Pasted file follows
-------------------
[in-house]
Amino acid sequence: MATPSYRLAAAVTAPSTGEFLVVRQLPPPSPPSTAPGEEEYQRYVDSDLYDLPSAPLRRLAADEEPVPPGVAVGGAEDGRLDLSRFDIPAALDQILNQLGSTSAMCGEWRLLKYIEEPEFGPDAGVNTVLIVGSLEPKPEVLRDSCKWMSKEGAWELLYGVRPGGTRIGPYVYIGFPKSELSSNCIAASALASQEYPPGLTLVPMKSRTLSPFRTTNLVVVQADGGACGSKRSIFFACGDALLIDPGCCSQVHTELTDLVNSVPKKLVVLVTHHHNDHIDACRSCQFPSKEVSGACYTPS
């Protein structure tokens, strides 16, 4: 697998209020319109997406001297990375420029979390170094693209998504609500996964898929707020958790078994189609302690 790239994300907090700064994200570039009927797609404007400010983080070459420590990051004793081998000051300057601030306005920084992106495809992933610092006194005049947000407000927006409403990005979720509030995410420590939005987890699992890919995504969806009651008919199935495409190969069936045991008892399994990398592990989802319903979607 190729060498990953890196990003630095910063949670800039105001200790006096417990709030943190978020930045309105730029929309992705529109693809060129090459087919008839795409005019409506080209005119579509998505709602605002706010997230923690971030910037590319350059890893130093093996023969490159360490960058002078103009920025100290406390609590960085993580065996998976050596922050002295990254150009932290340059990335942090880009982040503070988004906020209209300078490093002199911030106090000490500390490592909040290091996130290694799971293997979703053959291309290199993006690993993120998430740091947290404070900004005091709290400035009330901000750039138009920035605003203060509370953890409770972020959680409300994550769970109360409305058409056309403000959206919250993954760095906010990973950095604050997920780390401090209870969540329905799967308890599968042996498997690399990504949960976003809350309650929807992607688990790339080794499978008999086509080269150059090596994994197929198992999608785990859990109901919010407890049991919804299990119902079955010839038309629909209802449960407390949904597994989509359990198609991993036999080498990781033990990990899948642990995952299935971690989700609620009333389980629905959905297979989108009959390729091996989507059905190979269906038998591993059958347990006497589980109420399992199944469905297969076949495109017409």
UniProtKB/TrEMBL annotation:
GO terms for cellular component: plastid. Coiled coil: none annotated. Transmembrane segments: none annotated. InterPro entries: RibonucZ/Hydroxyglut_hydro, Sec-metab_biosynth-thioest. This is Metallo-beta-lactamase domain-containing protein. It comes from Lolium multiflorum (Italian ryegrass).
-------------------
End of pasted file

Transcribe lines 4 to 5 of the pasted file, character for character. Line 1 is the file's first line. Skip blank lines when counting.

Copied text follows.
UniProtKB/TrEMBL annotation:
GO terms for cellular component: plastid. Coiled coil: none annotated. Transmembrane segments: none annotated. InterPro entries: RibonucZ/Hydroxyglut_hydro, Sec-metab_biosynth-thioest. This is Metallo-beta-lactamase domain-containing protein. It comes from Lolium multiflorum (Italian ryegrass).